Locust bridge: Swarming traffic eats into businesses' crops

When repairs started on the Locust Avenue bridge back in March, it was no surprise that traffic surged on alternate routes such as McIntire Road and High Street. Two months into the five-month project, some local businesses say the increased traffic is more than a nuisance– it's cutting into their profits.

"It's a negative," says Kitty Wray, manager of Richmond Camera, which sits at the intersection of High Street and Meade Avenue– arguably the focal point of downtown traffic woes.

Traffic hurts the camera store's business two times a day, says Wray: at lunch hour and at evening rush hour, when traffic delays can keep drivers sitting in one spot for as much as 10 minutes. "If that's the only time people can come," she explains, "they won't come."

From her vantage point ("an aquarium," she calls it), she can watch human nature in action, as drivers decide who– and how many– to yield to. Tempers often flare, she says– especially in the evening hours, and honking horns are one of the more civilized ways drivers express their displeasure.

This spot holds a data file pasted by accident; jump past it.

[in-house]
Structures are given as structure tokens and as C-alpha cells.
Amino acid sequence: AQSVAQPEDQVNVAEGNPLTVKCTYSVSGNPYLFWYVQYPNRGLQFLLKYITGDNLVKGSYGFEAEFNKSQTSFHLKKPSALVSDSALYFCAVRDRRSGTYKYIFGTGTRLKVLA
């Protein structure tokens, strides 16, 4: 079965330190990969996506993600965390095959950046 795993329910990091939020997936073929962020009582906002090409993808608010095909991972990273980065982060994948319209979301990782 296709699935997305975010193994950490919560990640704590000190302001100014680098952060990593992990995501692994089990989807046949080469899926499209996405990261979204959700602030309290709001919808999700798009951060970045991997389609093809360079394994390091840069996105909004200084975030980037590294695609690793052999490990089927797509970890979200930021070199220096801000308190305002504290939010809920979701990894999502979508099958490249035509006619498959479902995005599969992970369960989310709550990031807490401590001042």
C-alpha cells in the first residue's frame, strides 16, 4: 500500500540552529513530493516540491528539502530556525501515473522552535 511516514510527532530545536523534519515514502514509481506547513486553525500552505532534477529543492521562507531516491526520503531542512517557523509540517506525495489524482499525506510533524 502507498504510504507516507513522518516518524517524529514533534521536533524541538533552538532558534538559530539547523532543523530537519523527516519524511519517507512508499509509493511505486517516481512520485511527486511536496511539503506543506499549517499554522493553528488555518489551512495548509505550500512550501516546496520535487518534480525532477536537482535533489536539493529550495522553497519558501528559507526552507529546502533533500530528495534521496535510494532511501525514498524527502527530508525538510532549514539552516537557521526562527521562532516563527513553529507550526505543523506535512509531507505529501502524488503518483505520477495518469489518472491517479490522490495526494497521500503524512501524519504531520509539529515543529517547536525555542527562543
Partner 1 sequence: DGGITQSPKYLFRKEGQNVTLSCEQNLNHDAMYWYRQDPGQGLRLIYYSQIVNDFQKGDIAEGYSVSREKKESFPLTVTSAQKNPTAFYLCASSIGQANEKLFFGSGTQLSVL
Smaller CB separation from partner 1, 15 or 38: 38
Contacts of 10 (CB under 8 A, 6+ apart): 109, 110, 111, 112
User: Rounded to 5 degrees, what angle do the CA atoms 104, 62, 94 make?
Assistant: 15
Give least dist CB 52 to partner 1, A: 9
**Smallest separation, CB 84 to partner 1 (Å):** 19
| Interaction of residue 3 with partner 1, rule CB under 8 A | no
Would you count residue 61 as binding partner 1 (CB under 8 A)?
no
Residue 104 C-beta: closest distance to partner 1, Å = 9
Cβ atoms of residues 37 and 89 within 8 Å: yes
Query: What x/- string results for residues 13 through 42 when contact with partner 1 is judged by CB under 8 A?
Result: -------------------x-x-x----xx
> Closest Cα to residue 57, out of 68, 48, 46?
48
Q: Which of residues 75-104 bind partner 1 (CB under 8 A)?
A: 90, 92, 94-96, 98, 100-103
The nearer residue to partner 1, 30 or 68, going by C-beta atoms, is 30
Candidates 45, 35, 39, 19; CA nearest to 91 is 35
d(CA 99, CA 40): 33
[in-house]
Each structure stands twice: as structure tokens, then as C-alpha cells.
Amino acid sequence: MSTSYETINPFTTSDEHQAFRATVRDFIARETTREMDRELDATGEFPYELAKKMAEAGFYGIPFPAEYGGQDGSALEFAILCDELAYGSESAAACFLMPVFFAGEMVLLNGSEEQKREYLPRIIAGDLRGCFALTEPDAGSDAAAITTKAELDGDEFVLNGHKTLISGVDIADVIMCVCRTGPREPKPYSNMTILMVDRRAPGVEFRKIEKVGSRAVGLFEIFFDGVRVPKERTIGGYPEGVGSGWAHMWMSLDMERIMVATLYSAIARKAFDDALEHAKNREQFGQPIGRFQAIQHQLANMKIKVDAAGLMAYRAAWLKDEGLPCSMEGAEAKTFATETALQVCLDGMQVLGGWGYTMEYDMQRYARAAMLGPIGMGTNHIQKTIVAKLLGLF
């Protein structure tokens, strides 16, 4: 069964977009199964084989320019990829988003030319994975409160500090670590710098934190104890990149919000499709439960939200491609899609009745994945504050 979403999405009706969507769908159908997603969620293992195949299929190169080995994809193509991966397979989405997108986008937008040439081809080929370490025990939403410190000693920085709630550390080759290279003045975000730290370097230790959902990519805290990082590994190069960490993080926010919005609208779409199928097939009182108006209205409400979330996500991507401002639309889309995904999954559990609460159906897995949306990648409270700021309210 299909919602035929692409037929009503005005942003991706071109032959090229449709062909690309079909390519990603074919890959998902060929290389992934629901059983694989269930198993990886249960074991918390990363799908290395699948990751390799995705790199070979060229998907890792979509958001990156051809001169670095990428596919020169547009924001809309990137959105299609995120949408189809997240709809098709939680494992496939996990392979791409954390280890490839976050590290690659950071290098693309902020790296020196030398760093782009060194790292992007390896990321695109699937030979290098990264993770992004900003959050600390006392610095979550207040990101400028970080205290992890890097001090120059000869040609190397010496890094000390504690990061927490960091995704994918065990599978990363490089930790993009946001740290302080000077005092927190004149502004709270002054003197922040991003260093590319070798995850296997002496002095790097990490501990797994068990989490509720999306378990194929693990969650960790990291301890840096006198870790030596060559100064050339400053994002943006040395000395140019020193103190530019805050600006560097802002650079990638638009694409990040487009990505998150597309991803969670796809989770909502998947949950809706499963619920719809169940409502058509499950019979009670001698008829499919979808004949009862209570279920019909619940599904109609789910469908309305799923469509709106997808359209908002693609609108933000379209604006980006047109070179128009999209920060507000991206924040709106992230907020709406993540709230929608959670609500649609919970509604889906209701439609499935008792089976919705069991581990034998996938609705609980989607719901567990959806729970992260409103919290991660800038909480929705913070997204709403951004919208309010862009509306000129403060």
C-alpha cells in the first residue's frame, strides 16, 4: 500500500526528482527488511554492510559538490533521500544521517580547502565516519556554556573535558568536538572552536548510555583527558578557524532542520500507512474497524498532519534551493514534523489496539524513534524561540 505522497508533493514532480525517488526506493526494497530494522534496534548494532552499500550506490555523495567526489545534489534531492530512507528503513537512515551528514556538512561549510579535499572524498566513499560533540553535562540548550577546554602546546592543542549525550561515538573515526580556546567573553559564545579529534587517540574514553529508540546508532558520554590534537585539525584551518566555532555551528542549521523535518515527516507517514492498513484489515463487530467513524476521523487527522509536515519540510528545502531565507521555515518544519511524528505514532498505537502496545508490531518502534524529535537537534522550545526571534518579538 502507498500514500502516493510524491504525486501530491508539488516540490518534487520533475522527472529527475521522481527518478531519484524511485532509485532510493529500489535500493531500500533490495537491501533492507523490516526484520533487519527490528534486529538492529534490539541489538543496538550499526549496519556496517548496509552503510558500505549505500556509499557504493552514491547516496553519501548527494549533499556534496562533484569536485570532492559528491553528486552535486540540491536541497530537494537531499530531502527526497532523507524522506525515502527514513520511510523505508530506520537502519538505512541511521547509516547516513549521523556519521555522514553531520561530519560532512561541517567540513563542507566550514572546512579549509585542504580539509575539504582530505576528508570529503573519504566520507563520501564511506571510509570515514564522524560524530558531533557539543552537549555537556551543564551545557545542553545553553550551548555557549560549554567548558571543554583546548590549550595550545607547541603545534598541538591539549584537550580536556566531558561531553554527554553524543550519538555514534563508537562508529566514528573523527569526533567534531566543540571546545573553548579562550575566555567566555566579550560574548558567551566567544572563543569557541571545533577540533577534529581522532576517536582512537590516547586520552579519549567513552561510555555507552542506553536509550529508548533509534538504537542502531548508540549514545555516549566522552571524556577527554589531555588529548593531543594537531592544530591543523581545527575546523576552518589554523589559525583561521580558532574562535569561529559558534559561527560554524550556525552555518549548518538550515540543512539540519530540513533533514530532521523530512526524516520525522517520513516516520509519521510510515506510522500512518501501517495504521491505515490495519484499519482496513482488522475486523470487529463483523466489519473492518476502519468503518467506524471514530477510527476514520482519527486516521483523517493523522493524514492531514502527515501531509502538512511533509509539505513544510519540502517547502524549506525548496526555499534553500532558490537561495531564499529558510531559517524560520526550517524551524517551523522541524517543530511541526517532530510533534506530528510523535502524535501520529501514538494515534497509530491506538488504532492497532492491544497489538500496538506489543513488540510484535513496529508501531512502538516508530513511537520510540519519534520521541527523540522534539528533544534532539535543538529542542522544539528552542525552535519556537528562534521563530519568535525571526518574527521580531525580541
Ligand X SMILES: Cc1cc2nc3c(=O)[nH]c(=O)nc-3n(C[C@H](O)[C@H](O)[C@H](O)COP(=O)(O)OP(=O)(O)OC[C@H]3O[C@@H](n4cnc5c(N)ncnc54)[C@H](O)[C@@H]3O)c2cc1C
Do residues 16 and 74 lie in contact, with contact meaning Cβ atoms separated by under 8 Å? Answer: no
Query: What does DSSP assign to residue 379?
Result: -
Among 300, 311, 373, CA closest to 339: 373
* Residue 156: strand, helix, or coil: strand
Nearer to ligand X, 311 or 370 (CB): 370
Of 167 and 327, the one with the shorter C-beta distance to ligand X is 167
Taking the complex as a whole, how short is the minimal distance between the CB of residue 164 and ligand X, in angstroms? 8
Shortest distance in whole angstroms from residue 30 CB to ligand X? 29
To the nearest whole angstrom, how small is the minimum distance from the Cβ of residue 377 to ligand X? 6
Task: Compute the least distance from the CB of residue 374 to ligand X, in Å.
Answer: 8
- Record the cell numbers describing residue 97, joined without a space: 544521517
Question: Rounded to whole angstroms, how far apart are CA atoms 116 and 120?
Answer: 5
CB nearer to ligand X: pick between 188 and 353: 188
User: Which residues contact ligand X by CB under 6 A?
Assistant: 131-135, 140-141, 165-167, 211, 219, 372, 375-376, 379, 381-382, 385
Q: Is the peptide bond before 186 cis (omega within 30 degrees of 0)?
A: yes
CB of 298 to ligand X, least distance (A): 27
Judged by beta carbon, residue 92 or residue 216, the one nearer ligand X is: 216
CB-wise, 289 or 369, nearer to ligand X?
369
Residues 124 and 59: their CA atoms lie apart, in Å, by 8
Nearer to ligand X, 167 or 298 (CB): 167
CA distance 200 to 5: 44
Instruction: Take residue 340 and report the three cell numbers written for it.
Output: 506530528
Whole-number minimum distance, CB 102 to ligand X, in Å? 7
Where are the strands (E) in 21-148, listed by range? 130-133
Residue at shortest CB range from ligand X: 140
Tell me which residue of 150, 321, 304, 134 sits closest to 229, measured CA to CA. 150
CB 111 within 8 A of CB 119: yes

"The afternoon people are a lot nicer," Wray laughs.

Buster Taylor, owner of Riverside Lunch, says he hasn't seen a drop in business, but he knows the traffic is an inconvenience for his customers, many of whom liked to take the back exit up Hazel Street to Locust to avoid High Street traffic. But "People are dealing with it," he says.

Across the street from Riverside, High Street Steak and Grill has seen its business slow, but owner Tonya Whyte says she doesn't know if the bridge repairs are responsible. Since the slowdown has taken place over the last several weeks, Whyte wonders if the Dogwood Festival had more to do with it than bridge repairs.

But not every business is feeling the pinch. Millie Nader at Emily's Bakery on Long Street says the added traffic heading up 250 "hasn't affected business at all."

And a spokesperson at Kaminer and Thomson Inc., a printing company on Belleview Avenue, a common cut-through from Locust Avenue to River Road by CVS, says their business hasn't been affected in any way either.

City engineer Tony Edwards says the project is on track, and that the city has had only "minor" complaints from citizens concerned with traffic patterns. The Locust bridge repairs should be done in July, as planned, Edwards says. But that doesn't signal relief for drivers or businesses sick of the traffic rerouting and subsequent delays and inconveniences.

"The next one is going to be a problem," Riverside's Taylor says of the Park Street bridge repairs, slated to begin when the Locust bridge project ends. "That's the main drag," he explains.

That's the shutdown that could turn into a real drag for drivers and businesses alike.